Paul clearly felt that the personal revelation that he experienced was of greater value than the years of instruction that the Apostles received from Jesus himself. To test the validity of this assertion, it is necessary to compare Paul's teaching with that of Jesus. If, in fact, Paul's teaching turns out to be a natural extension of that of Jesus, in the same way that a fully grown tree is the natural extension of a sapling, then there may be validity to his belief. If, however, the voice or spirit that Paul thinks communicated with him is unreliable, then we should expect to see Paul choosing a different path than the one Jesus chose....

Paul rejected the authority of the Apostles that Jesus appointed, and the Apostles that Jesus appointed rejected Paul. Paul lacked authority to preach, and his own letters make it clear that he did not possess a letter of recommendation from the authorities that Jesus instituted. Jesus did not institute the Twelve Apostles as a means of personal amusement or to fill his idle time; he did so to protect the Church from idle, heretical, or blasphemous doctrines. He did so with the intention of creating an institution that would preserve correct teaching. Paul chose to go outside of this institution, without a letter of recommendation, and without benefiting himself from its teaching or instruction. Not only do Paul's writings lack consistency or reliability, they cannot be considered Christian.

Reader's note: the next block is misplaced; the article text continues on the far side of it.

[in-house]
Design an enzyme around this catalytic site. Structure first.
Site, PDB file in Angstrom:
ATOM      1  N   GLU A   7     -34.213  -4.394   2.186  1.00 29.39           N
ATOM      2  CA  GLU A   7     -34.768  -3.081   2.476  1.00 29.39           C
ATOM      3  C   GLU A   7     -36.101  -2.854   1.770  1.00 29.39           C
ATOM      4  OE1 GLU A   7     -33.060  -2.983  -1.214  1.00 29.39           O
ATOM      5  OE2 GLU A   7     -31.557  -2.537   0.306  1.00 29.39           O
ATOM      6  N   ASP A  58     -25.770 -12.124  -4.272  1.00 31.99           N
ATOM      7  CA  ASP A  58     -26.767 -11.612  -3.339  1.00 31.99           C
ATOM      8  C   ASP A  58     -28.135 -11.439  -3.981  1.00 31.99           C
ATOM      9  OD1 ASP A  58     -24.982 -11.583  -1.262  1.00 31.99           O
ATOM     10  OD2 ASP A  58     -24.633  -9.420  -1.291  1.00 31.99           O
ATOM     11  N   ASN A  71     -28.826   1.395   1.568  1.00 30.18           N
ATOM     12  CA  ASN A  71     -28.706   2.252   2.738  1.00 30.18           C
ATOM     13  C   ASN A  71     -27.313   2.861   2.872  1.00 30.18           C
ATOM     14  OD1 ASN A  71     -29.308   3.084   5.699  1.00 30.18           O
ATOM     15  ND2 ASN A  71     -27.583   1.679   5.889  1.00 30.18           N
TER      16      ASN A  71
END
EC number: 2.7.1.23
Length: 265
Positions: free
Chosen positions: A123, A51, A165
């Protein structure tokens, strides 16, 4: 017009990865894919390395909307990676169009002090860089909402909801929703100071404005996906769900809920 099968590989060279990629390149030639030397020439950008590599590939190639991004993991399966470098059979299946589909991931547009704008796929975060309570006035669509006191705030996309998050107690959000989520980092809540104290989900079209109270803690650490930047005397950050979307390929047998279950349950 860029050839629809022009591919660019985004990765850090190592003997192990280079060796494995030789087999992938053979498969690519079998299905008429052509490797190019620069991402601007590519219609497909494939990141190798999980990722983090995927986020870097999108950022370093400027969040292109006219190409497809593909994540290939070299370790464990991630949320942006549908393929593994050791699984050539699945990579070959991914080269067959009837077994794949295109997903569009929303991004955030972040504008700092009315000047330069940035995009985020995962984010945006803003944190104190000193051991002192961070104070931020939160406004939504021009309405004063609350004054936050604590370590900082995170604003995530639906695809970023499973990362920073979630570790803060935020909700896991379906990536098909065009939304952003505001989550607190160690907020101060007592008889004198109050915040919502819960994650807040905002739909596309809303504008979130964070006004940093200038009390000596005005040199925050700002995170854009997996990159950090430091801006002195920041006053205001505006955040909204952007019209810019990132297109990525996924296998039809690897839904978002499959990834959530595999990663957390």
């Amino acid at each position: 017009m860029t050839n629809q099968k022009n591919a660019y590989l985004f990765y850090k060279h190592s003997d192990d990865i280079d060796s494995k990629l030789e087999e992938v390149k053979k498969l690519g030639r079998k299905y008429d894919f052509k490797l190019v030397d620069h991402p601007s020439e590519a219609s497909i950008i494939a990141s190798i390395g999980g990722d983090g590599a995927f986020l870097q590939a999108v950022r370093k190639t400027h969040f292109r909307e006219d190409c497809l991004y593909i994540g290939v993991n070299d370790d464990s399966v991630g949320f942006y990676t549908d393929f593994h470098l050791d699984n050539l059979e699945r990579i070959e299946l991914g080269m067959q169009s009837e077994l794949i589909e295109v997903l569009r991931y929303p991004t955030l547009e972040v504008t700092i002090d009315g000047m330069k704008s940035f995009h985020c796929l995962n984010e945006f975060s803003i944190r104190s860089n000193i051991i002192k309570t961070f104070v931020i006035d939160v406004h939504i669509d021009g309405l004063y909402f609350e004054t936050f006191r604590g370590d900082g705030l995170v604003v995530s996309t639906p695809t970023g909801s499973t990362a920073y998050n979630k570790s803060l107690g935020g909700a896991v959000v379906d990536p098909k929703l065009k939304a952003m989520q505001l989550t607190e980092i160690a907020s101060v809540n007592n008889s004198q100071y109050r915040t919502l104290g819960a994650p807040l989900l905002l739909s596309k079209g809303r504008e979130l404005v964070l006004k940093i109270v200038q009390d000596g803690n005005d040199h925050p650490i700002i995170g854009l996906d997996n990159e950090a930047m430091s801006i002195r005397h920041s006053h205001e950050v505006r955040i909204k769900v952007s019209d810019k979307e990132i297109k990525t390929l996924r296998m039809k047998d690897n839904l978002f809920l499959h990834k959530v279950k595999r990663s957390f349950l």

But most sources reject neither James nor Paul. Here's an example:

The alleged rhubarb between James and Paul has formed the ground for a variety of wacky theories, ranging from Baur's seminal "faith vs works split in early Christianity" to Robert Eisenman's attempts to make Romans 14:2 a slam by Paul against James' supposed vegetarianism (evidenced only by later 2nd century documents)....

Paul and James are NOT even addressing the same issues. Paul is teaching justification over and against specific observation of the Jewish law, such as circumcision (Rom. 3:1), and doing so with reference to a person prior to conversion. James is advocating the practical outworking of faith (i.e. validation) through generally moral behavior, but not through anything uniquely associated with the Jewish law, and after conversion. Is there any mention of circumcision or Jewish holidays in James? No -- he is concerned with caring for the poor, treating all people fairly, and holding one's tongue in check, once one is a believer. Quite simply, as Letham puts it, "The works of faith which James advocates are different from the works of the law that Paul condemns."...